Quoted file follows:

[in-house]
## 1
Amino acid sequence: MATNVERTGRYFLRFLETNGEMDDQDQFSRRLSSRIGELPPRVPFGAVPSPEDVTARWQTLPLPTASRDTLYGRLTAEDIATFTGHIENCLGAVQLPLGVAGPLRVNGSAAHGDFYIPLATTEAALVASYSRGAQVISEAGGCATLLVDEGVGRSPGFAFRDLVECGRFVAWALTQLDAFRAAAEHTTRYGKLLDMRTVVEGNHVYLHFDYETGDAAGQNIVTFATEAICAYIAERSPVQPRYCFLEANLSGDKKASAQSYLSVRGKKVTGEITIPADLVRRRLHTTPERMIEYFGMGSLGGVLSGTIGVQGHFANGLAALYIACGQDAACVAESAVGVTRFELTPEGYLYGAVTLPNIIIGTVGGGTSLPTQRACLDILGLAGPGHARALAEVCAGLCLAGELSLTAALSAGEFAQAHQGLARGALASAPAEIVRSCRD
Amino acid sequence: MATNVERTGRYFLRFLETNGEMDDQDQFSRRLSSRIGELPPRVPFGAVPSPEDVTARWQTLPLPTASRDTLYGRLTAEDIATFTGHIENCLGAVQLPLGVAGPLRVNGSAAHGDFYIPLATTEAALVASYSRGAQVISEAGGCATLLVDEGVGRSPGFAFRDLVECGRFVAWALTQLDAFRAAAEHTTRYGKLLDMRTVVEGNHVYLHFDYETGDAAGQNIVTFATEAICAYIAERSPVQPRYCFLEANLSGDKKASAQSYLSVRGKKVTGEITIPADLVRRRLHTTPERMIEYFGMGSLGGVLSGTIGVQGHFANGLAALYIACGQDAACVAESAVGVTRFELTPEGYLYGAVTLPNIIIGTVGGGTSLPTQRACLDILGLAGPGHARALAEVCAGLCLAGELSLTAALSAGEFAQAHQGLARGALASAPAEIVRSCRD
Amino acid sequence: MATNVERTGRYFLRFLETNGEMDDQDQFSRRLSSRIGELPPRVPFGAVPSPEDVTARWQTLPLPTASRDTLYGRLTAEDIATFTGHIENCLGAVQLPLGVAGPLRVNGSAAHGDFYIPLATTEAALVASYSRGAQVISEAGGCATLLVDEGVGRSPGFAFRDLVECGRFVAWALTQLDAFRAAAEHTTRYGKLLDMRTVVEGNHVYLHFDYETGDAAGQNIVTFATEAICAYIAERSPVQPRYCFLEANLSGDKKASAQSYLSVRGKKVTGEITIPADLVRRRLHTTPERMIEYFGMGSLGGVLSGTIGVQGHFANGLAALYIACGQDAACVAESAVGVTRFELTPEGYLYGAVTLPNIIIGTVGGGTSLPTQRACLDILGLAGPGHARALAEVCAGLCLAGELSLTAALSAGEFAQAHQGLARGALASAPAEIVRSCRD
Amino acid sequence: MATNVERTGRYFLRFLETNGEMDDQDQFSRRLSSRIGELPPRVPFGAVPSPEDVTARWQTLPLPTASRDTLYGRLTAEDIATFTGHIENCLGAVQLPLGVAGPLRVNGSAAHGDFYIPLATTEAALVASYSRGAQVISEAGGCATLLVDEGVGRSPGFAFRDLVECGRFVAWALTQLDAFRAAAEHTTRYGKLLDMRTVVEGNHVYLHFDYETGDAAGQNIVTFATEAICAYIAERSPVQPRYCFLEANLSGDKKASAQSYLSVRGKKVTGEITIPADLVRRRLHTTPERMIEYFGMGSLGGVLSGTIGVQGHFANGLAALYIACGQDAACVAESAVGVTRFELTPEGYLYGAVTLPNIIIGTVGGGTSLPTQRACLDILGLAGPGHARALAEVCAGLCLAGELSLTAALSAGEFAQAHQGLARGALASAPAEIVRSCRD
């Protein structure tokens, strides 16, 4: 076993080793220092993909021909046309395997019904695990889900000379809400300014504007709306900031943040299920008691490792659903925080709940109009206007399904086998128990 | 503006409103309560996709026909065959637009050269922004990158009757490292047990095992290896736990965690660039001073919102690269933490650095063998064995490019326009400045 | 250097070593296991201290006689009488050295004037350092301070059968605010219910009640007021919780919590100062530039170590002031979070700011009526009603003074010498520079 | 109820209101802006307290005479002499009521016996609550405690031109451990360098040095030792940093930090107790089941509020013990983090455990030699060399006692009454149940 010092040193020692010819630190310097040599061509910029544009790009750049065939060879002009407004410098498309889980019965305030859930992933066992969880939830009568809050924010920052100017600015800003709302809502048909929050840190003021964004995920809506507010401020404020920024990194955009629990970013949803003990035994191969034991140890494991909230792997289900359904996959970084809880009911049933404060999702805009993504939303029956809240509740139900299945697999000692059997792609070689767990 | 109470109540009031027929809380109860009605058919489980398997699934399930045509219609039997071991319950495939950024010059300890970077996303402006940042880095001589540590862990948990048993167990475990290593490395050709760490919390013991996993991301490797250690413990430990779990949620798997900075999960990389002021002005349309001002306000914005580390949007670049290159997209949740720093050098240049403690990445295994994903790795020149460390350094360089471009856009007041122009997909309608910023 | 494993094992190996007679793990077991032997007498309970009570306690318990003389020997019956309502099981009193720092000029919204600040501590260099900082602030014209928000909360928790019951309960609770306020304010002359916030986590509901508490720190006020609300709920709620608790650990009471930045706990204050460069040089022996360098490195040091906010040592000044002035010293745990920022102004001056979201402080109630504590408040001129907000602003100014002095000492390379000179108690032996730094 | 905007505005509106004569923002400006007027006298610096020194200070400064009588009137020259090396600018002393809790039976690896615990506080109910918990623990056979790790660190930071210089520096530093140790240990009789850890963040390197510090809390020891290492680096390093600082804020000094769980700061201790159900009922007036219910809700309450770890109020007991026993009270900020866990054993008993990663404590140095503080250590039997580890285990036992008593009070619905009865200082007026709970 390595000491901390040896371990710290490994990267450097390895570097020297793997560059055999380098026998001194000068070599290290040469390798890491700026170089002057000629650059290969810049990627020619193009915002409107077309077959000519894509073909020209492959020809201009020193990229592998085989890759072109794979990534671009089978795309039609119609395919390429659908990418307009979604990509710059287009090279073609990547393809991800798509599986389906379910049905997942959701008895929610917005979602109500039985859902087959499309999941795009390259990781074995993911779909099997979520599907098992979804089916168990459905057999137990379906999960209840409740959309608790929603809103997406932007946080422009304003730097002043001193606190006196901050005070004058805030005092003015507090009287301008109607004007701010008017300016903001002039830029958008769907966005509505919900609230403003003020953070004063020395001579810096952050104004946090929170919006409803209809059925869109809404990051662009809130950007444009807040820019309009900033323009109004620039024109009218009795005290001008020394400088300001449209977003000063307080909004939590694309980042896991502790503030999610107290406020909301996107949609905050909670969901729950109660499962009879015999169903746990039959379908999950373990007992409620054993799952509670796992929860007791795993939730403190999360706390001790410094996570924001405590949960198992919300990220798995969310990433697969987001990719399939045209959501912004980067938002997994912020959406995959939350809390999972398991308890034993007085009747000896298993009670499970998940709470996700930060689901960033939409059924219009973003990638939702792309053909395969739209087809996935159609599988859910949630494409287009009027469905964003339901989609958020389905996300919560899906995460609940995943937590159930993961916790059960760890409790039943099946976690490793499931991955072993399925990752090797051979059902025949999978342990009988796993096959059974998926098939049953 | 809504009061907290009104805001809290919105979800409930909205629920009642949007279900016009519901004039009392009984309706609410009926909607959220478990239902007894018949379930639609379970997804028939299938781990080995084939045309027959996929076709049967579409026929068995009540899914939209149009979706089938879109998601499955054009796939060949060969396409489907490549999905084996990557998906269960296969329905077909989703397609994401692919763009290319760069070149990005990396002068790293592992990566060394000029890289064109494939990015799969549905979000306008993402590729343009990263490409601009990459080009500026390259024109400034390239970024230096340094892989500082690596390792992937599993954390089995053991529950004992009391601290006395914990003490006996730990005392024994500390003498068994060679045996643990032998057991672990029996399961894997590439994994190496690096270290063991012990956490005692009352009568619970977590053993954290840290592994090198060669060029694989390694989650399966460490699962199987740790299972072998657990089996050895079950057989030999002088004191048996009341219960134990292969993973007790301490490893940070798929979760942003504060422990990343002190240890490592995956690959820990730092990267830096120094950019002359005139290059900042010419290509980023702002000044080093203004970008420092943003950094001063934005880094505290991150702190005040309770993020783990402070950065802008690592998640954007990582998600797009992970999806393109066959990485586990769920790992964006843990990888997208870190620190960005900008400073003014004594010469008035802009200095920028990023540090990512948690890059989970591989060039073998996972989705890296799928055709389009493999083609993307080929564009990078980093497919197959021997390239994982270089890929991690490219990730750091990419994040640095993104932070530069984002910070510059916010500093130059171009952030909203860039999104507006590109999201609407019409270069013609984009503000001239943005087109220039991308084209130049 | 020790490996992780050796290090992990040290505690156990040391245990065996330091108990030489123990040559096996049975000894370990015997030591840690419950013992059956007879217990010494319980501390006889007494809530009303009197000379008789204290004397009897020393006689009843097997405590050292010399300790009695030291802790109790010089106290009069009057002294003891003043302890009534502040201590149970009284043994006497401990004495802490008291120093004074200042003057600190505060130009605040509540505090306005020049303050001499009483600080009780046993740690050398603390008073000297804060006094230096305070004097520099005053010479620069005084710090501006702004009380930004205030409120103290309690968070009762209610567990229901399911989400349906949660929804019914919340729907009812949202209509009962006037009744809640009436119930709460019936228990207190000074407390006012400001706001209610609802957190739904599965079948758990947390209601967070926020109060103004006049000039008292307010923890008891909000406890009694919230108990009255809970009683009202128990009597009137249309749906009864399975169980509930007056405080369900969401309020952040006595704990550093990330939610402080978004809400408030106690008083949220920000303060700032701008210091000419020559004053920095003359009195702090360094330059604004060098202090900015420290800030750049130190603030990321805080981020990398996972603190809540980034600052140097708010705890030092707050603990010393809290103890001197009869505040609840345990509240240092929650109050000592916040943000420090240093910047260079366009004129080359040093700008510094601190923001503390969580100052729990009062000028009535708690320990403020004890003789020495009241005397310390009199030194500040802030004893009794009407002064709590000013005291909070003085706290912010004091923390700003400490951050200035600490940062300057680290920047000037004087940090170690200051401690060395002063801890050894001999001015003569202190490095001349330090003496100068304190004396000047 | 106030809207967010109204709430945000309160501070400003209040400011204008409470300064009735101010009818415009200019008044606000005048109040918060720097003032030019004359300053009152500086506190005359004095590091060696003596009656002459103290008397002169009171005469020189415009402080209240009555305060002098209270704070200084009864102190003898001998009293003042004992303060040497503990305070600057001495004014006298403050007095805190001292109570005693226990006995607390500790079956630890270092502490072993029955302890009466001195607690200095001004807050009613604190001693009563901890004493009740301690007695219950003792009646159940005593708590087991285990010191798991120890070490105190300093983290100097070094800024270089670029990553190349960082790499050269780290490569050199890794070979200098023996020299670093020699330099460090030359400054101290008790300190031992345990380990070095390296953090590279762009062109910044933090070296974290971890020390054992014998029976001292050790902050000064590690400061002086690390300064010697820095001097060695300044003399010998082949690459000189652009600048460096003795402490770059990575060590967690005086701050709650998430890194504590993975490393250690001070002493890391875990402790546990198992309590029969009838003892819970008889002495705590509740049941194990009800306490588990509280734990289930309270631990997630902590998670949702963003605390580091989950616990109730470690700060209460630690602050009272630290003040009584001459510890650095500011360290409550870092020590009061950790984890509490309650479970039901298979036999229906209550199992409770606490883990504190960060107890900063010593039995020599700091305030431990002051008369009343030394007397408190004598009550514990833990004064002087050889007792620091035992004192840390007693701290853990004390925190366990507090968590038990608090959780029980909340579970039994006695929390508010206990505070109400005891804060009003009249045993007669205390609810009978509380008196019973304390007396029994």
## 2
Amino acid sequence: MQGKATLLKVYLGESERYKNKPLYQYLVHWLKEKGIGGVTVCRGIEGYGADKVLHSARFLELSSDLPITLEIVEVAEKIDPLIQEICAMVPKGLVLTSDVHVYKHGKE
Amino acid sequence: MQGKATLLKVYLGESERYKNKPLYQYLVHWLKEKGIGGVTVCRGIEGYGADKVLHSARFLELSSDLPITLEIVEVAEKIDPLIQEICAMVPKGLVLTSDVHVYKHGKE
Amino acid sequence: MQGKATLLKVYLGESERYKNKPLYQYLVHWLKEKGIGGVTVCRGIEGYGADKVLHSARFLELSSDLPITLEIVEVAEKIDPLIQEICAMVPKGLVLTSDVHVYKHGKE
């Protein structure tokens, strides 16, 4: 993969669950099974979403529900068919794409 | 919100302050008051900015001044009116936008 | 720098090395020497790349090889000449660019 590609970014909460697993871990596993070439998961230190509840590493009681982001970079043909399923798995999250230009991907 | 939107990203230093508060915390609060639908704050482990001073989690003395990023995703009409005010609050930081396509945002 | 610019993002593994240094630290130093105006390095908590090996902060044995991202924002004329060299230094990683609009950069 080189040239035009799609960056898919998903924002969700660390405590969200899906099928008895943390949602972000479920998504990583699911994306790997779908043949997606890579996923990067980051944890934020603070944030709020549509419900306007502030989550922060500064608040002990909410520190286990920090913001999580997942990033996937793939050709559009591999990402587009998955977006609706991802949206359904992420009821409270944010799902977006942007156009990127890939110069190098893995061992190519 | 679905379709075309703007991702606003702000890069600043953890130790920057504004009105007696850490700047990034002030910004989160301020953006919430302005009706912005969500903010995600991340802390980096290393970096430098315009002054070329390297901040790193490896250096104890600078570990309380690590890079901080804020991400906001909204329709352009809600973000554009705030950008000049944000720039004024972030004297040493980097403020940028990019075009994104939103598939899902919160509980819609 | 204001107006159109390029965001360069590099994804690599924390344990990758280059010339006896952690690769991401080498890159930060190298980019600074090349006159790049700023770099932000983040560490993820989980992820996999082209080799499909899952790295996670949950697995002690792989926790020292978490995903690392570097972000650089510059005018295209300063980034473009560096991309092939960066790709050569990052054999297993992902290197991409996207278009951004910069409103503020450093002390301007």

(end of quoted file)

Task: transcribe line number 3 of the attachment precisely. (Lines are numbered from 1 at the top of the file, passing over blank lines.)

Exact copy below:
Amino acid sequence: MATNVERTGRYFLRFLETNGEMDDQDQFSRRLSSRIGELPPRVPFGAVPSPEDVTARWQTLPLPTASRDTLYGRLTAEDIATFTGHIENCLGAVQLPLGVAGPLRVNGSAAHGDFYIPLATTEAALVASYSRGAQVISEAGGCATLLVDEGVGRSPGFAFRDLVECGRFVAWALTQLDAFRAAAEHTTRYGKLLDMRTVVEGNHVYLHFDYETGDAAGQNIVTFATEAICAYIAERSPVQPRYCFLEANLSGDKKASAQSYLSVRGKKVTGEITIPADLVRRRLHTTPERMIEYFGMGSLGGVLSGTIGVQGHFANGLAALYIACGQDAACVAESAVGVTRFELTPEGYLYGAVTLPNIIIGTVGGGTSLPTQRACLDILGLAGPGHARALAEVCAGLCLAGELSLTAALSAGEFAQAHQGLARGALASAPAEIVRSCRD